Pedrique replaces Brenly in lost season
PHOENIX -- The Arizona Diamondbacks fired manager Bob Brenly on Friday in the midst of their worst season since their expansion campaign of 1998.
trades always possible
PHOENIX -- The Diamondbacks spent millions to build
a winner in a hurry. Now the franchise is rebuilding with youth,
and that was one big reason Bob Brenly was fired Friday.
The team could get even younger soon.
A handful of veterans remaining on the team might be headed
elsewhere as contenders shop for help before the July 31 trade
"If you're asking whether or not we have a fire sale going on,
the answer is no," said Jerry Colangelo, the team's chairman and
chief executive. "We think it would be prudent to listen to what
people have to offer because of the position we're in as a
Randy Johnson wouldn't talk to reporters after Brenly's firing. Colangelo said he's heard nothing to indicate Johnson wants
to be traded.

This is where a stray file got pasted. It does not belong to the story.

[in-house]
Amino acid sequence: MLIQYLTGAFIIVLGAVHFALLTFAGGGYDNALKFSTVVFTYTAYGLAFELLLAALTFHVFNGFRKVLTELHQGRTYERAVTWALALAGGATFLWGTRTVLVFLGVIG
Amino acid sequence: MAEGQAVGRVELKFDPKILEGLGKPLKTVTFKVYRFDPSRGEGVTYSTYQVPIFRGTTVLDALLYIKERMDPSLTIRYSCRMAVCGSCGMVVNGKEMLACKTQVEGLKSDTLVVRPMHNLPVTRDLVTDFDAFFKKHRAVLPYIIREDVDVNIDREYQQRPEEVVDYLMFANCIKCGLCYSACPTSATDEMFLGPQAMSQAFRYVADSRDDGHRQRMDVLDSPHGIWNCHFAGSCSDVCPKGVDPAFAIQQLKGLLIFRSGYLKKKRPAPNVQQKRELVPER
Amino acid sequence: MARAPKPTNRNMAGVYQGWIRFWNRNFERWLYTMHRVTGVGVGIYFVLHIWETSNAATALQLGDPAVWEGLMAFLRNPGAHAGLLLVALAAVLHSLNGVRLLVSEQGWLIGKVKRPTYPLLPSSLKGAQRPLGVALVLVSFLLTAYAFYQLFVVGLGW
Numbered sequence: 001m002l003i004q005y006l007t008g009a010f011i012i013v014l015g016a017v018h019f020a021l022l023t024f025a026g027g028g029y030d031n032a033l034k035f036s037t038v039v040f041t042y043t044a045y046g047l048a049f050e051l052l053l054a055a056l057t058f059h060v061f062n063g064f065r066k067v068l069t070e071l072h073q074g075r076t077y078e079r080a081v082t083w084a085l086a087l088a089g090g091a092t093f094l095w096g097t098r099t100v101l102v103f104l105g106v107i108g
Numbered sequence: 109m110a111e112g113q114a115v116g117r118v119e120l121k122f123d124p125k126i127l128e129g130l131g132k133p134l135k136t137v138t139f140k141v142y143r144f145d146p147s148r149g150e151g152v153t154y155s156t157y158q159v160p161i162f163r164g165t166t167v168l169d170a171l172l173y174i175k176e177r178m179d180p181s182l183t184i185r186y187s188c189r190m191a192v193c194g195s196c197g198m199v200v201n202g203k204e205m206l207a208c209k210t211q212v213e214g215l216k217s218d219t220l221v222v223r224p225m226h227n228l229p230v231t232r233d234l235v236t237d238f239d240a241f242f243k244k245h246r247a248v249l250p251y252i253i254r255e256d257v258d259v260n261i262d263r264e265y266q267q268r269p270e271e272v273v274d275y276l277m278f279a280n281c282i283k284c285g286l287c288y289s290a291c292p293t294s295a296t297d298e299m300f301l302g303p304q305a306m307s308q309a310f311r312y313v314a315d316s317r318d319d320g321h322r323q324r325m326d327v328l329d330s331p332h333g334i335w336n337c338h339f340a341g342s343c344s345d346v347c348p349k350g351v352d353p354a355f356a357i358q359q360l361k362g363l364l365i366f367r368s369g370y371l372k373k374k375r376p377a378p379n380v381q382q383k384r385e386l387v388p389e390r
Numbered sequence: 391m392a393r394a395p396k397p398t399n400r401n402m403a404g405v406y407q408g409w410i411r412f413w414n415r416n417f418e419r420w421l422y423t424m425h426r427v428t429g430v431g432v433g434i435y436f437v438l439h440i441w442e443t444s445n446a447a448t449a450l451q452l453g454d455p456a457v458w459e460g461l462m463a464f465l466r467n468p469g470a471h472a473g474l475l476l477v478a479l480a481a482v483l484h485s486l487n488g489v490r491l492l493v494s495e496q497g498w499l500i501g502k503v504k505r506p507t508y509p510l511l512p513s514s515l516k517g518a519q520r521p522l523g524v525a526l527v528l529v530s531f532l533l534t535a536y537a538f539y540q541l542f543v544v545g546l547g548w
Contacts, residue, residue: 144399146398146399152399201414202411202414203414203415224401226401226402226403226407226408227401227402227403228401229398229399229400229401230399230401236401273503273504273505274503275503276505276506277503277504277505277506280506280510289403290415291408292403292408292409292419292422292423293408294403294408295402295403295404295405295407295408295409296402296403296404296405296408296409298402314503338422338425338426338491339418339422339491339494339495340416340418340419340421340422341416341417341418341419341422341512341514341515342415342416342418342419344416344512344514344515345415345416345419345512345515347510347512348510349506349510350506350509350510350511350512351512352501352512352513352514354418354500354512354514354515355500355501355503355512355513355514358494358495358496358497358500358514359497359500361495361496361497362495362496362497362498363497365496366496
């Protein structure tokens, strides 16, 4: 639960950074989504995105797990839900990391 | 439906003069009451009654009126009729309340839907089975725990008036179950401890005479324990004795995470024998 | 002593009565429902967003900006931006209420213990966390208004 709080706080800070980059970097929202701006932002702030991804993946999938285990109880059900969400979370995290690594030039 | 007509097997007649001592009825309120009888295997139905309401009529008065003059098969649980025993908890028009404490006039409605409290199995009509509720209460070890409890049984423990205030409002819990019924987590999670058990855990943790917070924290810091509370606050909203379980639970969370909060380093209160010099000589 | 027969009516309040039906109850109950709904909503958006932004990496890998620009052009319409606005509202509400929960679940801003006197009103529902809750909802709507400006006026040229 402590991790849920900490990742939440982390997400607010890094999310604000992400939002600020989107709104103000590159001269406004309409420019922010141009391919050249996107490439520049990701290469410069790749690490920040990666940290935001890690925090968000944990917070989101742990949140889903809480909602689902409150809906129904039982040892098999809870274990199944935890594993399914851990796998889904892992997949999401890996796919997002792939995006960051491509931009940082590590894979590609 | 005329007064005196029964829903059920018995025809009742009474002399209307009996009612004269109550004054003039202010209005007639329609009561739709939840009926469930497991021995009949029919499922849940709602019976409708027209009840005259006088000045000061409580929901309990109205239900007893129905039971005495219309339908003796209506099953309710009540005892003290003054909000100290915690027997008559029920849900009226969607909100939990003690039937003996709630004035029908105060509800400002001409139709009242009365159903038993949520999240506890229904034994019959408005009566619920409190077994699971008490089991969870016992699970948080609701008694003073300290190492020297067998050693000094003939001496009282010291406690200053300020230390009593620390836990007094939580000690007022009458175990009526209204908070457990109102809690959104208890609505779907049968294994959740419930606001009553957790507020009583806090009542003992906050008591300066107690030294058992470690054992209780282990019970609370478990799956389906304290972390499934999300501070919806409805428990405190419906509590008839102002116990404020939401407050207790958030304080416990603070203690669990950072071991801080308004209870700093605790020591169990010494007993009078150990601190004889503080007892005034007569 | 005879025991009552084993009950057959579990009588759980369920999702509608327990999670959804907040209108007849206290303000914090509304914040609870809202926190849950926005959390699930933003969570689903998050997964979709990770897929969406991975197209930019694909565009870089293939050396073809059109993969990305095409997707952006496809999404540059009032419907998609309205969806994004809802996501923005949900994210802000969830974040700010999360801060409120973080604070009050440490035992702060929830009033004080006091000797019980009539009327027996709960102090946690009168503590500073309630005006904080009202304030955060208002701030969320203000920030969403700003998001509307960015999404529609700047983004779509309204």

"I have a lot of respect for Randy, and when Randy tells me
something specifically, then I would consider what he has to say,"
Colangelo said. "I'll stand by what he and I have discussed in the
past, that he wanted to finish his career here, we want him to
finish his career here, et cetera, et cetera. So nothing has changed, despite all the rumors and innuendoes."
Steve Finley, Danny Bautista and Roberto Alomar are among the
possible trade candidates. Finley can veto any deal but might be
willing to go to San Diego, where he keeps his offseason home.
Diamondbacks' third-base coach Al Pedrique was named interim manager for the remainder of the season.